Review by Ivo Bochenski
Somebody I met at a party once called cinema ‘the most complete art form.’ Anybody who’s ever fallen in love with a film soundtrack or repeated lines from their favourite film character on a
rainy day will know the truth of this.
As a born cinephile (and would be film maker) I get very excited by seeing up close the mechanics of all these elements coming together.
Last Sunday, sitting in a deep felt seat in the newly refurbished VUE just off piccadilly (in one of those pleasingly steep galleries) - I got a chance to do just that.
I was there to see ‘Day of the Flowers,’ an off-beat British indie about two Glaswegian sisters in modern day Cuba (though more about that later). As part of the ticket I had been emailed a copy
of the shooting script. Consequently, as the film was beginning I already had the whole story and all the characters in my head (as intentioned by writer Eirene Houston). All that remained was to
sit in the dark (with a coffee) and see how the scenes had been brought to life by director John Roberts; the casting choices for the characters; the editing decisions; the locations.. in other
words everything which makes movies the complex and fascinating creatures that they are. The audience were primarily scribes, producers and fellow film enthusiasts - all part of the London
Breakfast Club run by Chris Jones.
The Day of the Flowers is a road movie spent in the company of a couple of engaging characters; told from a refreshingly male-free perspective (here it’s the guys who do the ‘supportive girlfriend’ role).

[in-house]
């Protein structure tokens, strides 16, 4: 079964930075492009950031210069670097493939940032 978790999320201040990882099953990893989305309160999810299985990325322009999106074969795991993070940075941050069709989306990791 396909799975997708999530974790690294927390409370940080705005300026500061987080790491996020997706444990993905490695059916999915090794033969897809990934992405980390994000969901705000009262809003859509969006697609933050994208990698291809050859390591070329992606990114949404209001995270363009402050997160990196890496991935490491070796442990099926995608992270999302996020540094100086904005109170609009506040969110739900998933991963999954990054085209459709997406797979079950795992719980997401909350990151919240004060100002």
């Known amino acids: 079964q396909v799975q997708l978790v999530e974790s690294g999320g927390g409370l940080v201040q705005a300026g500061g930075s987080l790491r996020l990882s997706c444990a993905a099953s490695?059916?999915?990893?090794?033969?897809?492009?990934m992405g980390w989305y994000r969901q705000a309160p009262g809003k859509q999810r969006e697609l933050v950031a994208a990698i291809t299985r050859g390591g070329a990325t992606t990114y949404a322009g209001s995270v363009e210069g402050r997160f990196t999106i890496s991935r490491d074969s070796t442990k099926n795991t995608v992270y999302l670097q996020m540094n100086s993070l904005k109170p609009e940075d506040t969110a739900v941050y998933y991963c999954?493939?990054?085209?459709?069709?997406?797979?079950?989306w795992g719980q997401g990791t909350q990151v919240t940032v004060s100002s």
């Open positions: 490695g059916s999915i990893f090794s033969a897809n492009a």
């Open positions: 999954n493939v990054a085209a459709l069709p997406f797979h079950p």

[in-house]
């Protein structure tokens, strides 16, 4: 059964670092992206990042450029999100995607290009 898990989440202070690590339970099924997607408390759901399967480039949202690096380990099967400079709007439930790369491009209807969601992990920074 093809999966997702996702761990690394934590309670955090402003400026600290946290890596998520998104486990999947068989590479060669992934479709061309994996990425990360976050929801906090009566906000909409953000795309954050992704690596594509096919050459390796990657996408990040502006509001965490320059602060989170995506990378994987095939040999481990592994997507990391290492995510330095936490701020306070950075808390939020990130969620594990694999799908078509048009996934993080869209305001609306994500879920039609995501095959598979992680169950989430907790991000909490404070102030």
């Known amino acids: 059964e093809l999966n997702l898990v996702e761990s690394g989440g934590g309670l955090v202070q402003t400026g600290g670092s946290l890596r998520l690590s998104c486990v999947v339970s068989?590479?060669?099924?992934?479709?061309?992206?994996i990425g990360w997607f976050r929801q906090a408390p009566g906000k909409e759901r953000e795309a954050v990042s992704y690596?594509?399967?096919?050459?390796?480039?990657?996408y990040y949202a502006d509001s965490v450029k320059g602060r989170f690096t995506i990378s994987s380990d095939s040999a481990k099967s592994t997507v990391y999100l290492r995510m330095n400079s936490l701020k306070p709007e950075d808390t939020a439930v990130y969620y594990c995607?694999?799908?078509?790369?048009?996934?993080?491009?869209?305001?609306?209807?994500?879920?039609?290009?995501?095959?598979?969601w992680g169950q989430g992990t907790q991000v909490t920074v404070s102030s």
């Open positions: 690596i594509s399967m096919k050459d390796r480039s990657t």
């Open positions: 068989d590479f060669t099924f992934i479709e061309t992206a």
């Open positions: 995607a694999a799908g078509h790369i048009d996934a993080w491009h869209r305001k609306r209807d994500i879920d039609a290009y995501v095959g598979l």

After the credits rolled, the stage was given over to John Roberts (director), Eirene Houston (screenwriter), Vernon Layton (DOP) and Jonathan Rae (producer). Vernon Layton quickly dispelled notions of the crew sitting around and enjoying sunsets and mojitos; replacing them with tales of bad food and post-socialist bureaucracy. Eirene Houston expounded on the evolution of the script: from an idea she had after visiting Cuba; through pre-production discussions with the director; to re-engineering scenes on-set. John Roberts (with the look of a war veteran about him) told us about the challenges of filming in Cuba, with its continuing antagonistic relationship to the US and its film industry. Jonathan Rae talked us through the importance of a collaborative relationship between producer and director. What came across particularly was the difference made by having a well known actor on your poster; in terms of the film’s distribution chances and over-all commercial viability. Translated in audience terms: there are dozens of excellent films we will probably never see because they don’t have Keira Knightley and Daniel Radcliffe; likewise, many terrible ones which we will because Sean Bean is in a supporting role (a major improvement though this may be).
This was followed by a Q&A with the audience. Here is some of the advice that was on offer:
-If you’re a director - it’s important to find a producer that you get on with well (and can have arguments with).
-Having a famous actor in one of the lead roles will literally mean your film is shown in more cinemas.
-Even if you write an excellent scene, you should still cut it if it throws the story out of balance.
-Writers: your script will evolve right until the start of principal photography, and will most likely continue to do so until the end of the shoot.
-Producers: you are the Nike advert. Just do it.
-Guerilla style film making is not easy in a country that perfected Guerilla-style tactics.
As is traditional, the occasion ended with a trip to the pub, and a chance to have a pint or two with cinephiles and film makers alike.
In the end, what I took away with me was this: as long as there are dedicated men and women out there producing films like this- the British Film Industry is doing great, thank you very much.